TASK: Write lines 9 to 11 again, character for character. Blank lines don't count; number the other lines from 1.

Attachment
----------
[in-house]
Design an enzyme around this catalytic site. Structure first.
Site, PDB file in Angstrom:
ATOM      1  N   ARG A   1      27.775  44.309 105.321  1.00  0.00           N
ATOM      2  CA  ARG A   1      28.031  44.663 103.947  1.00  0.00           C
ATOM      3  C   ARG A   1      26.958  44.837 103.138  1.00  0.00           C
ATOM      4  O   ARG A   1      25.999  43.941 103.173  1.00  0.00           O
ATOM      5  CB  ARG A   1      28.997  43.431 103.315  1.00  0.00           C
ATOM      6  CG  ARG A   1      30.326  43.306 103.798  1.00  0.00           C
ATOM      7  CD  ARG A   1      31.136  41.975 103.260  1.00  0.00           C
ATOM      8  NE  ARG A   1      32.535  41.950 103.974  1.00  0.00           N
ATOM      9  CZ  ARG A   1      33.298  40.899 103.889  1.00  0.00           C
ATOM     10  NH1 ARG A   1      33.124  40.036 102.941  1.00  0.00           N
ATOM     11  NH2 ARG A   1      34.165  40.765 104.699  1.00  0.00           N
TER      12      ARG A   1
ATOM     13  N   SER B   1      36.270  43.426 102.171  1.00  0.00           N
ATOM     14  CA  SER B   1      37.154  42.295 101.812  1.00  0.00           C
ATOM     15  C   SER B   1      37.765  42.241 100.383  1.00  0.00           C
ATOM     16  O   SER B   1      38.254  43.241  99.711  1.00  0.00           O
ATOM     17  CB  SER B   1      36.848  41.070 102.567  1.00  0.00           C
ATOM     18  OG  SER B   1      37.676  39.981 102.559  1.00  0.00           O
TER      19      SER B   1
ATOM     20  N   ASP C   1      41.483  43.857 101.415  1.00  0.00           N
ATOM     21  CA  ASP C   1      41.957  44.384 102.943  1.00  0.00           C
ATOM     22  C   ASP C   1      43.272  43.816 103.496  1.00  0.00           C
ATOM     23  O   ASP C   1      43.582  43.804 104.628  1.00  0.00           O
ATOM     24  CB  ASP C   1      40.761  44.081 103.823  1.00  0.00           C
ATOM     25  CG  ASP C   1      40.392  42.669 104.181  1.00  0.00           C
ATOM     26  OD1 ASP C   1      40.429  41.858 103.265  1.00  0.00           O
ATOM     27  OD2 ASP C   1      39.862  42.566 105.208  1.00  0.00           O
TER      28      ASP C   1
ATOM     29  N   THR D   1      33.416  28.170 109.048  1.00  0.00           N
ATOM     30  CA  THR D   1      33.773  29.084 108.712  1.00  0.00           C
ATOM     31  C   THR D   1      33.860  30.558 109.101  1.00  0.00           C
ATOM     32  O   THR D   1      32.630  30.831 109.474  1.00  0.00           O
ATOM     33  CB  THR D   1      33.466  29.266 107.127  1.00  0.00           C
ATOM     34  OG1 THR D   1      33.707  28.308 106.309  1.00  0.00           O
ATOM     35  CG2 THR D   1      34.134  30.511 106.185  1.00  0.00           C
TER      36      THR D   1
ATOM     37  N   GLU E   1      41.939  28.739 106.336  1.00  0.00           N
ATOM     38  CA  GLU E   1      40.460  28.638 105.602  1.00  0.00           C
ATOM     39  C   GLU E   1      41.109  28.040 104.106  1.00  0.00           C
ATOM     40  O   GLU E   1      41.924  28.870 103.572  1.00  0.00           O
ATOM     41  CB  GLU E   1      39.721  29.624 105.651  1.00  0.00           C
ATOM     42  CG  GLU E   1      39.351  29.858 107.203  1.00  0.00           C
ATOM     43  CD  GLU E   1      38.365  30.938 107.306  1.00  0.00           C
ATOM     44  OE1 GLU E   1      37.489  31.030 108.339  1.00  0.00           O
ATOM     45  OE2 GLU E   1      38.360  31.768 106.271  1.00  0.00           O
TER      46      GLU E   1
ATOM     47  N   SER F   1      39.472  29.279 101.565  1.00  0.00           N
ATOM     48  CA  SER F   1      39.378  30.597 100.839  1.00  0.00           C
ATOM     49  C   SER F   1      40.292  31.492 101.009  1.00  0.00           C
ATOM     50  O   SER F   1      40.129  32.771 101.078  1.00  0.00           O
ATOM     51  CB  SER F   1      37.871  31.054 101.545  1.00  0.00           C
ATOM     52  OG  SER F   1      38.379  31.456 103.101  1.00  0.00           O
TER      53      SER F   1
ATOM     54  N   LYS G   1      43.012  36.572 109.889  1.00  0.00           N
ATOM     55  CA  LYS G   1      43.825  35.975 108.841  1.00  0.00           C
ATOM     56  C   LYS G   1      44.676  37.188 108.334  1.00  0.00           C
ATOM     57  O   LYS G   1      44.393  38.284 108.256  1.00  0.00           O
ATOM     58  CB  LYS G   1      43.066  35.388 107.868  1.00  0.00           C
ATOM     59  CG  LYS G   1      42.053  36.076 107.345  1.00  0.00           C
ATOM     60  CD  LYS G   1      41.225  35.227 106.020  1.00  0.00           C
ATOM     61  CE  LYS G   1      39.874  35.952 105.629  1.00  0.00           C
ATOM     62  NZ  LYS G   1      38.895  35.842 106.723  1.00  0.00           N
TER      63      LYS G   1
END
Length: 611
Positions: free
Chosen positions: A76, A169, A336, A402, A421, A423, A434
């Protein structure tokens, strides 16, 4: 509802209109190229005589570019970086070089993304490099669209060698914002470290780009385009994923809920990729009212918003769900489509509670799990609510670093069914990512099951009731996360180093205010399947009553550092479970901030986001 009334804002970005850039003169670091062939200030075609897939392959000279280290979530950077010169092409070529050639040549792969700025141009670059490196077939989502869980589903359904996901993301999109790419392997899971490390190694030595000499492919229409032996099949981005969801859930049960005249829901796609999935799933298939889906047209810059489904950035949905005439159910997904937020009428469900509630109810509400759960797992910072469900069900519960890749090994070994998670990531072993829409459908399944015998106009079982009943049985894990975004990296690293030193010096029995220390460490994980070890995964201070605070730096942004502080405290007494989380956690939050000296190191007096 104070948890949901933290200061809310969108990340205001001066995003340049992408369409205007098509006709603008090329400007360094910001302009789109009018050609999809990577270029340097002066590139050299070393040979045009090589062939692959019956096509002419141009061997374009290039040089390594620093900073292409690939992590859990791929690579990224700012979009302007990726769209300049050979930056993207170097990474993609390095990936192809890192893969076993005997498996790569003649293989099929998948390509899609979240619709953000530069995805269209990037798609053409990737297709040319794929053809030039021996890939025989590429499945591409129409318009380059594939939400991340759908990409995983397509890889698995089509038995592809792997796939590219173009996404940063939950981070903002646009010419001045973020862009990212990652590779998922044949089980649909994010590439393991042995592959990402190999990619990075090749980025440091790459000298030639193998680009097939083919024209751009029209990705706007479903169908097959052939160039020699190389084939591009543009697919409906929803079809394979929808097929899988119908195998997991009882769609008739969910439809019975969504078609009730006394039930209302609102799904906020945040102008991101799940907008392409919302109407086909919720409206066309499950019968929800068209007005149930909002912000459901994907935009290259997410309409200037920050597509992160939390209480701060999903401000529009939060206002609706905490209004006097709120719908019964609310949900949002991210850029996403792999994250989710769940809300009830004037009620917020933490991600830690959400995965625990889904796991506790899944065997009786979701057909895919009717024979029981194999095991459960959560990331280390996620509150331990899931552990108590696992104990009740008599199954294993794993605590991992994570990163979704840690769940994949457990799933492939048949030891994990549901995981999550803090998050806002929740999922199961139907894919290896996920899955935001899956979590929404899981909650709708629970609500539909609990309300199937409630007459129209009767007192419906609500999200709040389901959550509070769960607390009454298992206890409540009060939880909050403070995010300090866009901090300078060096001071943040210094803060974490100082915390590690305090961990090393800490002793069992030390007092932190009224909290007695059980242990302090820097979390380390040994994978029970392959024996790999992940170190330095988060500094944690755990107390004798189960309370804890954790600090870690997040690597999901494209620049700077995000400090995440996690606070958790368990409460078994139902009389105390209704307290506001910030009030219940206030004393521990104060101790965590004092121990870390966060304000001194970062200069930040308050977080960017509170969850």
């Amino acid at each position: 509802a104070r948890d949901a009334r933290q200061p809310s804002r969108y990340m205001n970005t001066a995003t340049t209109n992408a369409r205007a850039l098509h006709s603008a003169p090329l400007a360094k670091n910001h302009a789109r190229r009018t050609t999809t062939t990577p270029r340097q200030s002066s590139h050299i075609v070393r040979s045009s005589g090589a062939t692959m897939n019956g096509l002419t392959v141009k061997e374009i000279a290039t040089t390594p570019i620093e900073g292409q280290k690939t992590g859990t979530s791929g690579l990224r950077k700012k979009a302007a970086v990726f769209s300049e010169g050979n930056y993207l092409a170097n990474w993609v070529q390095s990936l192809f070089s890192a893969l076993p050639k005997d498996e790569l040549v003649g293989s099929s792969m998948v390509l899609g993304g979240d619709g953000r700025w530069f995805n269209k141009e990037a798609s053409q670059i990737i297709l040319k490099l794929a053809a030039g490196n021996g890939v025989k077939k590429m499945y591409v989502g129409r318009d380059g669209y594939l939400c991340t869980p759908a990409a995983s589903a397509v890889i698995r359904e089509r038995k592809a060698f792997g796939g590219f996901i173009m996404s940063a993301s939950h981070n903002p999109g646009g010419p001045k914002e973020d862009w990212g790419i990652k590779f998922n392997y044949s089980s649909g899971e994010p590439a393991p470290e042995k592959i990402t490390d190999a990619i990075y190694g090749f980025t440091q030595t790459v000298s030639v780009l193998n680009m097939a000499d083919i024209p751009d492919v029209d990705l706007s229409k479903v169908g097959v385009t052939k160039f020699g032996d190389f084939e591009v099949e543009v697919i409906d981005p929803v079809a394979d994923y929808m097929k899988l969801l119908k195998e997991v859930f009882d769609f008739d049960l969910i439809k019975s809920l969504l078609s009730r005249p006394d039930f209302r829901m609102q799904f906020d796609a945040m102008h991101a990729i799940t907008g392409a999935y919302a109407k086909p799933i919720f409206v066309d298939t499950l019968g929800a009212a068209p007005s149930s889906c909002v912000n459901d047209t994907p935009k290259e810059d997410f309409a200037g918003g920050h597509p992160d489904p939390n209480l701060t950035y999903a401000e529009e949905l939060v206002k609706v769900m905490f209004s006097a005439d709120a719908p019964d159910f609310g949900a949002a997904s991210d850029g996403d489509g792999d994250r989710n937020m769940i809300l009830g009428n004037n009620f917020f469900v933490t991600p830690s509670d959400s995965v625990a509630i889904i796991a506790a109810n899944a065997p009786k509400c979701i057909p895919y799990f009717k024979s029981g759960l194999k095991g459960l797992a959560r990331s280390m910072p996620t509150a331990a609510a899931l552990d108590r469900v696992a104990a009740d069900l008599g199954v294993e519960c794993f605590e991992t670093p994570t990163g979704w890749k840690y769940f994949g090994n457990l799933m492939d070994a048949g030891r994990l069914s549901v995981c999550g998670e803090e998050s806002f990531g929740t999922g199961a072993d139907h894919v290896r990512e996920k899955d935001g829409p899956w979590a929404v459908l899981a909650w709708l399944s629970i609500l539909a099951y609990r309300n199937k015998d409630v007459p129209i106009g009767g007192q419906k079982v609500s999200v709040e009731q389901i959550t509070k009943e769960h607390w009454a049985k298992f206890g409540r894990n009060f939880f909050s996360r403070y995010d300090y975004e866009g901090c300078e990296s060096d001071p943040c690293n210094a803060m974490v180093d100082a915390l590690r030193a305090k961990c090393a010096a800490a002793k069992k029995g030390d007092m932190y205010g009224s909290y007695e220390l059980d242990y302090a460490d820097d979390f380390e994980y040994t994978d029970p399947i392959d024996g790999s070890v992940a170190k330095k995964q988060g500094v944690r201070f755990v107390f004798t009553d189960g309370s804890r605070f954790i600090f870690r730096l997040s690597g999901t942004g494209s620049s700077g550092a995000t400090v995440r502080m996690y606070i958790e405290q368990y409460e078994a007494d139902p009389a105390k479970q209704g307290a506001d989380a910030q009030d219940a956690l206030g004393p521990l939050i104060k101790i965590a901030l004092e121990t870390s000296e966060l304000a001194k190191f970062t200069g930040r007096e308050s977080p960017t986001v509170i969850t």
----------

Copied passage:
ATOM      6  CG  ARG A   1      30.326  43.306 103.798  1.00  0.00           C
ATOM      7  CD  ARG A   1      31.136  41.975 103.260  1.00  0.00           C
ATOM      8  NE  ARG A   1      32.535  41.950 103.974  1.00  0.00           N